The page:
• World Design Organization (WDO) – Design for a Better World

    World Design Organization (WDO)

    The World Design Organization (WDO) TM, formerly known as the International Council of Societies of Industrial Design (ICSID), is an international non-governmental organisation that promotes industrial design and its ability to create better products, systems, services, and experiences, as well as better business and industry, and, ultimately, a better environment and society.Read More →

  • Phoebe Anna Traquir (1852 – 1936) British embroider and jeweller

    Phoebe Anna Traquir featured image

    Phoebe Anna Traquir (1852 – 1936) was an Irish-born artist who rose to international prominence as an illustrator, painter, and embroiderer in Scotland’s Arts and Crafts movement. Murals, embroidery, enamel jewellery, and book illuminations were among her works. She was the first woman to be elected to the Royal Scottish Academy in 1920.Read More →

  • 270 Metres of Lace in Grace Kelly’s wedding gown

    The formal wedding gown was made of 278 metres of the finest materials, and at the time was described as the most lavish ever worn by a bride.Read More →

  • ‘The New Domestic Landscape’ – MoMA’s ambitious design show 1972

    New Domestic Design Environment featured image MoMA 1972

    THE NEW DOMESTIC LANDSCAPE was one of The Museum of Modern Art’s most ambitious design shows.  The exhibition, directed and built by Emilio Ambasz, Curator of Design in the Museum’s Department of Architecture and Design, focused on current design trends in Italy with 180 items for everyday use and 11 environments commissioned by the Museum.Read More →

  • Carl-Gustaf Jahnsson (1935 – 1994) Swedish silversmith and designer

    Carl-Gustaf Jahnsson featured image

    Designer of iKea Dragon Cultery Carl-Gustaf Hallberg Jahnsson (1935-1994) was a Swedish silversmith and designer.Read More →

  • A Cafe Entirely Decorated with Neons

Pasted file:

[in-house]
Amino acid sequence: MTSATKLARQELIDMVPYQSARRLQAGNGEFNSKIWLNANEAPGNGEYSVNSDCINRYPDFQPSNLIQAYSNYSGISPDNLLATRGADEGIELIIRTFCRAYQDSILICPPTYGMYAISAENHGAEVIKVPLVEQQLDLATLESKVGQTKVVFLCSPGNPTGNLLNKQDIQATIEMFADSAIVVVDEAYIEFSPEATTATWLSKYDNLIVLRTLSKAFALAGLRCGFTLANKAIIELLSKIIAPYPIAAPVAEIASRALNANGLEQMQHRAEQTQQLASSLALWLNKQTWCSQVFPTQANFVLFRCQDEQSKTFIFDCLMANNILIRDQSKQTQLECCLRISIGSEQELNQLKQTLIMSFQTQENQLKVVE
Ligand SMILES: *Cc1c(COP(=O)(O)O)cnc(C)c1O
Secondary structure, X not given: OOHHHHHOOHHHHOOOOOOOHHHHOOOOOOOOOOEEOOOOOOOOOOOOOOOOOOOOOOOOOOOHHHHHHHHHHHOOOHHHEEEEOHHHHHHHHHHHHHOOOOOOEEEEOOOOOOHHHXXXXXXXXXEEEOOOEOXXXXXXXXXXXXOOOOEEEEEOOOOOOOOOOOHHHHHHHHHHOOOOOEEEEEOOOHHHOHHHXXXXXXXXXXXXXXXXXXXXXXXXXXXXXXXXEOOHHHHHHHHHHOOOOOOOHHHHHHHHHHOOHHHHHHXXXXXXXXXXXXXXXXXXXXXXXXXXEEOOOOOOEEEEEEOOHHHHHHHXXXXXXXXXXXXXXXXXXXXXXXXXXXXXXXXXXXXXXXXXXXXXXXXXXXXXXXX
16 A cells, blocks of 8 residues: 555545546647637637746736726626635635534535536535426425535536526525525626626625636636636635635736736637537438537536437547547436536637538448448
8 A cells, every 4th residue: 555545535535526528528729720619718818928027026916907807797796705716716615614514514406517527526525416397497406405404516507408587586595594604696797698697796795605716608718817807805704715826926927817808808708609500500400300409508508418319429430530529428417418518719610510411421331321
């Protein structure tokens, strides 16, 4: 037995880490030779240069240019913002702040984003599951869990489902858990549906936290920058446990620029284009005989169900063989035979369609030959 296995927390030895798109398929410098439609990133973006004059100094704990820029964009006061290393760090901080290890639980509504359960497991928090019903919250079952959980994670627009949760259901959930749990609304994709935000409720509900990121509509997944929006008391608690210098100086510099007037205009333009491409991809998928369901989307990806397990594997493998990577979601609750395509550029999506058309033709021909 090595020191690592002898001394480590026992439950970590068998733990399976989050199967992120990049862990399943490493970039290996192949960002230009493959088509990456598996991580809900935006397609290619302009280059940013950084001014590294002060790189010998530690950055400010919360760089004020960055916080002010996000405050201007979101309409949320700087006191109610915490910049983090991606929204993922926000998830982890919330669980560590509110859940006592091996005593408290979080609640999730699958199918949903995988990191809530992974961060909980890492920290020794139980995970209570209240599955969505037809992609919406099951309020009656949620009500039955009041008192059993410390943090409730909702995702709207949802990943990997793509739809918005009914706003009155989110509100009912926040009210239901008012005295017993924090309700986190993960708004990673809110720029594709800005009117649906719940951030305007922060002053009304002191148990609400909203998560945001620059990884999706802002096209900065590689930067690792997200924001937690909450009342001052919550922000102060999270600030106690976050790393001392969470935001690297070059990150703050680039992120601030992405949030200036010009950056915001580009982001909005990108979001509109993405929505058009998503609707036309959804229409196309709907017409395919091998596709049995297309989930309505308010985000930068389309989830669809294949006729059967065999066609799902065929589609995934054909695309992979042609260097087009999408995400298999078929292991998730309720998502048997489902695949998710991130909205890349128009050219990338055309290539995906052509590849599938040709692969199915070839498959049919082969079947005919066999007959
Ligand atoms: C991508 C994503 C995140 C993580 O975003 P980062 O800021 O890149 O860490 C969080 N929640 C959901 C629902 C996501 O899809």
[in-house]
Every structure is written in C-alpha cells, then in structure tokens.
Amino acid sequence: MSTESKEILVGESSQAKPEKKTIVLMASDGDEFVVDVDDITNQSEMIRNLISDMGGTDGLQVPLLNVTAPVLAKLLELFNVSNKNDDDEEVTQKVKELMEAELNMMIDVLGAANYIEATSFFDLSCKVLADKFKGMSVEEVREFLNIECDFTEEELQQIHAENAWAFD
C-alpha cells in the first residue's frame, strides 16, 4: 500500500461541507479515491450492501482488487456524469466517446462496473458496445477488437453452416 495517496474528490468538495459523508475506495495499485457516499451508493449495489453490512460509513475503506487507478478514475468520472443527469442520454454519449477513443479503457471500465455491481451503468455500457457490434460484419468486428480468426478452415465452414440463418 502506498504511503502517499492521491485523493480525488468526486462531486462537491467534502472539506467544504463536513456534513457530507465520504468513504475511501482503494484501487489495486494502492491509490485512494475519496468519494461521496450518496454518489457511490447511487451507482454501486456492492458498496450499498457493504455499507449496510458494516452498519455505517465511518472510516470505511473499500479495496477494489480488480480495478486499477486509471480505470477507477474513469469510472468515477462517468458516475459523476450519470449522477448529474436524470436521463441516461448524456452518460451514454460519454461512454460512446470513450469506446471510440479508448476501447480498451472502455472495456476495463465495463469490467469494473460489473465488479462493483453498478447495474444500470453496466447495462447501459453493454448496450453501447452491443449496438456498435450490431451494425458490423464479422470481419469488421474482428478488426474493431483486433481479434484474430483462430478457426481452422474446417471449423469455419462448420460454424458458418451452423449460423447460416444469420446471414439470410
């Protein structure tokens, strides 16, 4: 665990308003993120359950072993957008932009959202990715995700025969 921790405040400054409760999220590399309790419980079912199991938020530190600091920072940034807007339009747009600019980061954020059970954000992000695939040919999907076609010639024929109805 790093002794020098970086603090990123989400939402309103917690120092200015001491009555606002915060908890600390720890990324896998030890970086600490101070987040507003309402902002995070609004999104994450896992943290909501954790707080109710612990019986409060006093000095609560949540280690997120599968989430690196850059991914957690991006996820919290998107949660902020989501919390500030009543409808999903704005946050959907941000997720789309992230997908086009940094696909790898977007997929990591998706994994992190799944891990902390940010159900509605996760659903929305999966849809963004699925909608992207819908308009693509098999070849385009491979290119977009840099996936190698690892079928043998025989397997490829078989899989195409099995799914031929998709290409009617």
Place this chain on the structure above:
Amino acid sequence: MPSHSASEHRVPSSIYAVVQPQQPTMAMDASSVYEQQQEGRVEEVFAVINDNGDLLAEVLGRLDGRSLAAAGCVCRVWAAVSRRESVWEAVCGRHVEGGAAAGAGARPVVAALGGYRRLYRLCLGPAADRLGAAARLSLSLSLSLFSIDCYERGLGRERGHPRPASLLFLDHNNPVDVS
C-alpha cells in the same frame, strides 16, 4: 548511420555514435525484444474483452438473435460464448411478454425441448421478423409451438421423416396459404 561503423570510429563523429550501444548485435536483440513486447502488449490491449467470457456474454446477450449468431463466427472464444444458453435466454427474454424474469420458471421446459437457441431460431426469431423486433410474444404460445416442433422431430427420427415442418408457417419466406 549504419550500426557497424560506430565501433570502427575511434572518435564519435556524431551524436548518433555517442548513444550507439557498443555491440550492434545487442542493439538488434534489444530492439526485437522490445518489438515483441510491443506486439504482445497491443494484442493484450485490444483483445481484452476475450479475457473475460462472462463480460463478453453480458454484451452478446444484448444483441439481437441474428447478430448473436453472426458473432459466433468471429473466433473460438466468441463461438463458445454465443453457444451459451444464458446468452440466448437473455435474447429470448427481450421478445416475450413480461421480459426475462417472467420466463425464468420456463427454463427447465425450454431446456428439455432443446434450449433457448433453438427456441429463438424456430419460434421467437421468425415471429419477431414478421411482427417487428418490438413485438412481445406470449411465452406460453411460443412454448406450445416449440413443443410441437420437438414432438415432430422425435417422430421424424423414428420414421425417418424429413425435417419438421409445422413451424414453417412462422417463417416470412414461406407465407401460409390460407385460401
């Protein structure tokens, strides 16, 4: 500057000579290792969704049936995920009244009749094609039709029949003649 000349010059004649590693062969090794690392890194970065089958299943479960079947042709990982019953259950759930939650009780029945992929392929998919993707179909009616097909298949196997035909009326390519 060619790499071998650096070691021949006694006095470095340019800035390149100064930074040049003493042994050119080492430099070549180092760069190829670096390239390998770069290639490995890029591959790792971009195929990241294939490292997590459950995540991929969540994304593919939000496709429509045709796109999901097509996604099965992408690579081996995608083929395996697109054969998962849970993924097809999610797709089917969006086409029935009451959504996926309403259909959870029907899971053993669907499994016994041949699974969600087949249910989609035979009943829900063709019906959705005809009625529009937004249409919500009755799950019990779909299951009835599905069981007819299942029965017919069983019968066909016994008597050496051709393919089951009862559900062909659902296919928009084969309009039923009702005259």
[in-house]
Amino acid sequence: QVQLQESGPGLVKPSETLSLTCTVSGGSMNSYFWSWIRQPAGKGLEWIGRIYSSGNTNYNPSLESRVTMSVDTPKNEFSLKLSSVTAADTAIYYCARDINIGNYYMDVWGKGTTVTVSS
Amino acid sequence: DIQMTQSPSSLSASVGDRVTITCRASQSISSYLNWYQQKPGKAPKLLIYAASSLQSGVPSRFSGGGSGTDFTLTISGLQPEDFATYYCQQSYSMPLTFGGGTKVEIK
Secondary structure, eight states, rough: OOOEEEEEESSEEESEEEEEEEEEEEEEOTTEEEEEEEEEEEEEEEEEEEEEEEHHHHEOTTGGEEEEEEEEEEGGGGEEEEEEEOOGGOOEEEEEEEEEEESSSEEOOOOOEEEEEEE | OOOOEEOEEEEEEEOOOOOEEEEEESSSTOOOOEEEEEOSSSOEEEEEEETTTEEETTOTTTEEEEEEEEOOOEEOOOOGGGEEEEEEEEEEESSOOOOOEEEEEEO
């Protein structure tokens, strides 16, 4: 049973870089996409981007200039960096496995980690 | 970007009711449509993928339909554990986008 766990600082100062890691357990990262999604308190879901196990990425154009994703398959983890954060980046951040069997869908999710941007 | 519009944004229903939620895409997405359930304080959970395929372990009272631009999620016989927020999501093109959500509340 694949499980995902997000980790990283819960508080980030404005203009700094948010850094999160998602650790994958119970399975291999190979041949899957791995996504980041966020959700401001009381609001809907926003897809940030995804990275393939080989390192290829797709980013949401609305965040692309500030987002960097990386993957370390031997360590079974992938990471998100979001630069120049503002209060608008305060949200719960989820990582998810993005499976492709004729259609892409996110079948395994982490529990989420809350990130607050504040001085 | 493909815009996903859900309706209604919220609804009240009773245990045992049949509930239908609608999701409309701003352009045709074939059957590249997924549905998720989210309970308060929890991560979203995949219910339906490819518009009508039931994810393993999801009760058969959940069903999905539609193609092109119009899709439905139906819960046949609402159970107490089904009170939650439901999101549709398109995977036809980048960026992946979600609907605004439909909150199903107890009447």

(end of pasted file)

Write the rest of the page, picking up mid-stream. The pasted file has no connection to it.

If you are looking for an original and cosy cafe in London, have a tour at the  God’s Own Junkyard, an entirely decorated with neons bar. For all the warm and kitsch deco lovers, this place will be an insolite experience. The owners, Chris & Linda Bracey, are neons collectioners since 40 years and they can be proud of having in their collection lights from iconic movies like Eyes Wide Shut, The Dark Knight and Charlie and the chocolate factory.Read More →

  • Best Amateur Living Space: The Hunter Greenhouse – Catskills Mountains

    The winner of the 2018 Remodelista Considered Design Awards Best Amateur Living/Dining space is Ely Franko, for his project  The Hunter Greenhouse  in the Catskills. His project was chosen as a finalist by guest judge  Stephen Alesch , who had this to say: “What a perfect little hideout—full of surprise and compact good energy!Read More →

  • Gaston Eysselinck (1907 – 1953) Belgian architect and furniture designer

    Gaston Eysselinck

    Both his parents came from Ninove; father Eysselinck had ended up in Tienen as an employee at the railway company. Gaston Eysselinck was educated at the Royal Academy of Fine Arts in Ghent, where he was taught by Geo Henderick, among others. Eysselinck was able to interpret foreign influences in a personal way in a short period. Read More →

  • James Evanson (b.1946) American furniture and lighting designer

    James Evanson stools

    James Evanson has been at the forefront of the “functional art” movement around the world. His work has travelled worldwide since his first exhibition in 1979 at the Art et Industrie Gallery in New York. For the Memphis Collection in Milan, new work was created just for the occasion. The “Lighthouse” lamps gained international acclaim and became an icon of the 1980s.Read More →

  • Wharton Esherick (1887 – 1970) American Sculptor and Furniture Designer

    Wharton Esherick featured image

    As a result, his sculptural furniture and furnishings are his most well-known works. For his leadership in designing non-traditional designs and supporting and inspiring artists/craftspeople by example, Esherick was dubbed the “dean of American artisans” by his peers during his lifetime. Esherick’s impact can still be apparent in contemporary artisans’ work, especially in the Studio Craft Movement.Read More →

Comments are closed, but trackbacks and pingbacks are open.